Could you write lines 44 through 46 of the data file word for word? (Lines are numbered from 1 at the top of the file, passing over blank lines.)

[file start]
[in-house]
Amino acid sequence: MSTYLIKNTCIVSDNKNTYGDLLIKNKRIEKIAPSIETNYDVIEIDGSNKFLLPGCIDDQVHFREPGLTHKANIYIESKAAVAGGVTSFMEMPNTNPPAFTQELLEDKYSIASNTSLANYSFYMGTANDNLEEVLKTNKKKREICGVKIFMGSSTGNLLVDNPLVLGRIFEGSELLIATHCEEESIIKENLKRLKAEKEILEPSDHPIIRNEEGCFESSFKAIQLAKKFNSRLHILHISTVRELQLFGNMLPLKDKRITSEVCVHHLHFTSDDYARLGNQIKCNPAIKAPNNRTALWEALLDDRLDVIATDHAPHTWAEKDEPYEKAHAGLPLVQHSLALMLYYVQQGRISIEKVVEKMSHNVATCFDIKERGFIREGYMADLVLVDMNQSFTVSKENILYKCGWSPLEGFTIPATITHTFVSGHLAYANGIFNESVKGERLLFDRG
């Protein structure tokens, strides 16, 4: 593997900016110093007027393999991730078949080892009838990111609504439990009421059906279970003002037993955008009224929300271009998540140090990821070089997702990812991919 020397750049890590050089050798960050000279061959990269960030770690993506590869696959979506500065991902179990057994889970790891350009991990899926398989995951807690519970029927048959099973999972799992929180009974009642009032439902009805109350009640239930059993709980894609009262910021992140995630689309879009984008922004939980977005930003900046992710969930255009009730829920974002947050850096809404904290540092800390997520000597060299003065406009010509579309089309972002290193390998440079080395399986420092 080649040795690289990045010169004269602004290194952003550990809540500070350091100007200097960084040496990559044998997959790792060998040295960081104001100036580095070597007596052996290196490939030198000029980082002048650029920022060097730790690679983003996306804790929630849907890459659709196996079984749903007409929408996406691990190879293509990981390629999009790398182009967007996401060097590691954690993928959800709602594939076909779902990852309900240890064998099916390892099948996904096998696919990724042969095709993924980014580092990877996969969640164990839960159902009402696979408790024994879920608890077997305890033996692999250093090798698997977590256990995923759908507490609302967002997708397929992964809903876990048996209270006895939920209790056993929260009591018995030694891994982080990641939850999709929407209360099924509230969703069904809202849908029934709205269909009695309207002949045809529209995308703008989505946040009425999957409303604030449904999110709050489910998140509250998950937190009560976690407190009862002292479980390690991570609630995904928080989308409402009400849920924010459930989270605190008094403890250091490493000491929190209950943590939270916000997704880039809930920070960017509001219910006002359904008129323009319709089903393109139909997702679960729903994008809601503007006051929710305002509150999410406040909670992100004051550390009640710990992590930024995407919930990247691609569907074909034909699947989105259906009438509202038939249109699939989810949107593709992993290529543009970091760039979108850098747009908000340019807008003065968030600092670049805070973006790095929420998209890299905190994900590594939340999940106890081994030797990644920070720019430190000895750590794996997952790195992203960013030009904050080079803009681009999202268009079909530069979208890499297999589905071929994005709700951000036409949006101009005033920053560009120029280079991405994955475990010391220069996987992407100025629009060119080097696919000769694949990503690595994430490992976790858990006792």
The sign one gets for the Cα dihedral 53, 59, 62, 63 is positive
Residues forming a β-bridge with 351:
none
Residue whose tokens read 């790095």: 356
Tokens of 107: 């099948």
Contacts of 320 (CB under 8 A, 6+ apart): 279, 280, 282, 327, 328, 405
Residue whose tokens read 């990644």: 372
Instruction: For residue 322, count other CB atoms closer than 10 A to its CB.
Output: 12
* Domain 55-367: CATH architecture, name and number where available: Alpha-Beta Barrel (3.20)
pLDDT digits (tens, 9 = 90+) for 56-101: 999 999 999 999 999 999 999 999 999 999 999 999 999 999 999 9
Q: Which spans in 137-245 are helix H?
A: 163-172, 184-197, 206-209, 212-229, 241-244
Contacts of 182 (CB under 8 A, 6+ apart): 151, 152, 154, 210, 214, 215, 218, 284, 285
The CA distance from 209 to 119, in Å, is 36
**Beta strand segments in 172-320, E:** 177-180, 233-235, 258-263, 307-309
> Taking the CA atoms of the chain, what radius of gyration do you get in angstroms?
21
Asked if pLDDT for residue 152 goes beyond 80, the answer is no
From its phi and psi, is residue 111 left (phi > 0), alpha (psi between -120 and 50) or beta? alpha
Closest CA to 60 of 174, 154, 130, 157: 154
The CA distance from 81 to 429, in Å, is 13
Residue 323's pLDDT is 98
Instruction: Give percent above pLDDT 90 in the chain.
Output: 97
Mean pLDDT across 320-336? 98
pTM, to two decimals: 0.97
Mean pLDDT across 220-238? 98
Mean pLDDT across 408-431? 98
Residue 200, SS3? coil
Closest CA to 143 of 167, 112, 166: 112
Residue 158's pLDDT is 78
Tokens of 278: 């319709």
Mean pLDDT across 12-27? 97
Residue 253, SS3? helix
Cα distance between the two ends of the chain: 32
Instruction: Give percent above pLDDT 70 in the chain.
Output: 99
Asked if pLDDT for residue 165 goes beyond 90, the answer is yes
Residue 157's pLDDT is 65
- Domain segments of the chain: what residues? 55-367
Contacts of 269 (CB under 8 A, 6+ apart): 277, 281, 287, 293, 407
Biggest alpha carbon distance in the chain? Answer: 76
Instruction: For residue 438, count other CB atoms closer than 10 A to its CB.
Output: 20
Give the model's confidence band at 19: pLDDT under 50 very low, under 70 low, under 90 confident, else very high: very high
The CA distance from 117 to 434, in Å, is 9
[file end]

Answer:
- Domain segments of the chain: what residues? 55-367
Contacts of 269 (CB under 8 A, 6+ apart): 277, 281, 287, 293, 407
Biggest alpha carbon distance in the chain? Answer: 76